Now, as I said, I don’t want to start a vlog. You people deserve so much more than you’re already getting from 6000 Miles… , let alone having to see my ugly mug on your computer screen each day. I wouldn’t do that to you. But, I would like to do more video-y stuff as an aside to the blog. Stuff like timelapses and drone shots. That sort of thing. So what does Casey say about that? (at 8:15)

Here’s something very important.
No-one gives a sh*t about your stupid timelapses and your stupid drone shots. That’s something I have to remind myself on a daily basis.

Ah. Right.

But thankfully, he’s talking about timelapses and drone shots as part of a vlog. And I’m not – as I may have mentioned – going to vlog.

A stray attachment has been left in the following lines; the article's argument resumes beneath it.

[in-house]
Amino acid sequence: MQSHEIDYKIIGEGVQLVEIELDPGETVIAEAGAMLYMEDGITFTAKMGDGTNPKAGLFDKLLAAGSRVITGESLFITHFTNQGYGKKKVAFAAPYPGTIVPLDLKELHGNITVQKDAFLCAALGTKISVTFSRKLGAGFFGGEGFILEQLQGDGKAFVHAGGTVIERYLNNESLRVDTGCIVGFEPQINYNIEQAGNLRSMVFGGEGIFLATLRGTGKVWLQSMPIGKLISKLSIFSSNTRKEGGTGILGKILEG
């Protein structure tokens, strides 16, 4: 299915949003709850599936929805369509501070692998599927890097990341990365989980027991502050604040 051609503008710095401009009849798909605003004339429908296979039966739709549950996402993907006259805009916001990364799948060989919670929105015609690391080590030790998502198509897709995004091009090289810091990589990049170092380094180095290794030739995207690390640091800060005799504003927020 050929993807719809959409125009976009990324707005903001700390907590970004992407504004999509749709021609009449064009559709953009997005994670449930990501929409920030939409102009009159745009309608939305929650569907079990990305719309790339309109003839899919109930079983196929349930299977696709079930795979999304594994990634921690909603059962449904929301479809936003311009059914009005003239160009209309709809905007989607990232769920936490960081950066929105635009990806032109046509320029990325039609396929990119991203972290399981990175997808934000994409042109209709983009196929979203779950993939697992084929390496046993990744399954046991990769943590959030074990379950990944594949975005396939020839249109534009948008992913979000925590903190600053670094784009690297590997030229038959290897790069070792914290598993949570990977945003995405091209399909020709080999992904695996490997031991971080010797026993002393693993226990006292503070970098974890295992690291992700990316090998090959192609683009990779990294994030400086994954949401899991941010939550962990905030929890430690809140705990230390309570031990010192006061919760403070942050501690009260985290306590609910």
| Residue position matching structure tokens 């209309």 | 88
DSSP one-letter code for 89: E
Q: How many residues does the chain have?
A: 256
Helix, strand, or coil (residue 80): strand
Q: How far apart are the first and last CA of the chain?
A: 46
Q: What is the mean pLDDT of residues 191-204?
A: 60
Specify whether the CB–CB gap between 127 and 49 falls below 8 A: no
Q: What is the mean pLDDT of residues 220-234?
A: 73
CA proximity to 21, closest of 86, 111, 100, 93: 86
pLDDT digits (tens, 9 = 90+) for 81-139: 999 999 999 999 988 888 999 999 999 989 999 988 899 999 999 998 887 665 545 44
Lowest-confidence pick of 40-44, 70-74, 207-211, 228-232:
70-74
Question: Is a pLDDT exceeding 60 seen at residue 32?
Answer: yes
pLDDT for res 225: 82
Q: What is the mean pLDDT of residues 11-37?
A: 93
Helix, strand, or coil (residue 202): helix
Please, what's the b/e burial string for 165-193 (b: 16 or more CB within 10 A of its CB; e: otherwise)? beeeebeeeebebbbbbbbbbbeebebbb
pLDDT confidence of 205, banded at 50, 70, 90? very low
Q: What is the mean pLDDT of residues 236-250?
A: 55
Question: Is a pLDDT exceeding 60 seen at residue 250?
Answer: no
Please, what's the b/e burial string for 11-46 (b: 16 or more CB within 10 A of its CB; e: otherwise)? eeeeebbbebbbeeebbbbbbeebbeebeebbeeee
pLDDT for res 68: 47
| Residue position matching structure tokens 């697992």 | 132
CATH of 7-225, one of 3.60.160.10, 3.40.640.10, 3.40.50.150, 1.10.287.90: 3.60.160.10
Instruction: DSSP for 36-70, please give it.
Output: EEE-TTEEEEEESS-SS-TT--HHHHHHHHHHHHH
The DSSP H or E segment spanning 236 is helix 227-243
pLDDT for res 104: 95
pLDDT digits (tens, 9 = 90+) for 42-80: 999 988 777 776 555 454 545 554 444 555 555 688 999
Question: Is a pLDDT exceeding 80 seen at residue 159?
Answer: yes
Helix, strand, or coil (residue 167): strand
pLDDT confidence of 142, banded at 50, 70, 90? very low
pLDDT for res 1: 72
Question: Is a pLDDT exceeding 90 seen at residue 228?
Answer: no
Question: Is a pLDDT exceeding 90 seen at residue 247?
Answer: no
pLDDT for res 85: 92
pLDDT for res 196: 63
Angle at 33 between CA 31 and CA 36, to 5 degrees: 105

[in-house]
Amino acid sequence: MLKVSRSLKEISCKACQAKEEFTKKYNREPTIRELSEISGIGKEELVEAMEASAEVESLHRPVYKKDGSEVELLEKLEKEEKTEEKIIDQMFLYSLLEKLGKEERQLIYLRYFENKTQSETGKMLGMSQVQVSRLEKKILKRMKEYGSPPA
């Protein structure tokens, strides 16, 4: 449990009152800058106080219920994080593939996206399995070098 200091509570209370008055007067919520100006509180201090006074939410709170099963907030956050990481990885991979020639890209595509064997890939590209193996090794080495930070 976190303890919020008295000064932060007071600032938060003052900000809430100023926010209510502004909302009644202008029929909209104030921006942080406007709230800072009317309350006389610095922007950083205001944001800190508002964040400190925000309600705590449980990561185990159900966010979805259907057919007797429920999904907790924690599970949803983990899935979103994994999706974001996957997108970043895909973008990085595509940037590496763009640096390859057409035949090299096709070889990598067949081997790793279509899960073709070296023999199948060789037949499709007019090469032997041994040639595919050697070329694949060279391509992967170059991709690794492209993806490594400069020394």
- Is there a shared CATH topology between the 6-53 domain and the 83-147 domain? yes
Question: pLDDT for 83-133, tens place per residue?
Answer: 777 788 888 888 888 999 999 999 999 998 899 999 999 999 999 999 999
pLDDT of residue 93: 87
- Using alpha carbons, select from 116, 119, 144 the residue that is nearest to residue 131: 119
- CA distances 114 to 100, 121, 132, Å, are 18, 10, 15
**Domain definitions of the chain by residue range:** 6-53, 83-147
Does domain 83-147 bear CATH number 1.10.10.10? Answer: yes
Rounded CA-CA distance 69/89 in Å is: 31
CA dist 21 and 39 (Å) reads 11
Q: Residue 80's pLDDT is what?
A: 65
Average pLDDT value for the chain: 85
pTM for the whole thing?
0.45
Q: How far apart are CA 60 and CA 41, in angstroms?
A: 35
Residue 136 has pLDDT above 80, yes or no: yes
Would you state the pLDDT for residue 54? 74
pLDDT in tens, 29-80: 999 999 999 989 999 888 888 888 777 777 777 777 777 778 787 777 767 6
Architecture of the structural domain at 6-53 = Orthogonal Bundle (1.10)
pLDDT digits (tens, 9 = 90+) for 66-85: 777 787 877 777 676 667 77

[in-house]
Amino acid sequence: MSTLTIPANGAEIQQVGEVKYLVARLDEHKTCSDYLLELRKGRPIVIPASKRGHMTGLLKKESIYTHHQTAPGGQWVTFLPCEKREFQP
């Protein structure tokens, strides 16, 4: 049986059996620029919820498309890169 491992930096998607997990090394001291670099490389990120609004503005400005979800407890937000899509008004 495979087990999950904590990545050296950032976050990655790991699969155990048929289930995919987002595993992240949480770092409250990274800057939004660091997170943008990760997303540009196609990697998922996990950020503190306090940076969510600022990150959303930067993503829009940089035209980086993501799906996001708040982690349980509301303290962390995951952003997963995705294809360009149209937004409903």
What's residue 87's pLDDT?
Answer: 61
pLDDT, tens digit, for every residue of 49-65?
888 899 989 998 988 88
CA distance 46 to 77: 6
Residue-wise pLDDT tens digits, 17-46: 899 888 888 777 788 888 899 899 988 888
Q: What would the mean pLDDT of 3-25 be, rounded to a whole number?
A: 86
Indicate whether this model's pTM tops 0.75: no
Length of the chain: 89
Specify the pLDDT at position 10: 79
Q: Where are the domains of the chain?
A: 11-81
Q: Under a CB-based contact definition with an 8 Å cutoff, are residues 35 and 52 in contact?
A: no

Quite a lot of the information he shares might seem a bit redundant given that proviso, but there are certainly interesting snippets to take away which have a broader application. Using the best hardware you can in any given situation, avoiding shaky camerawork, the three-act narrative, and – as much as is possible – creating your own unique product; whether that’s from scratch or by building upon things you’ve learned from others doing the same sort of thing. A couple of those tips work really well for blogging as well.

Another fantastic thing about this information age is the accessibility to successful individuals for the ordinary person-on-the-web. There’s loads of great expert advice here (obviously, most especially for would-be or up-and-coming vloggers), and it’s free and easy to get at. The opportunities to educate and enrich yourself are all there. I might find someone who’s good at blogging and see what they have to say. Or… write. Whatever.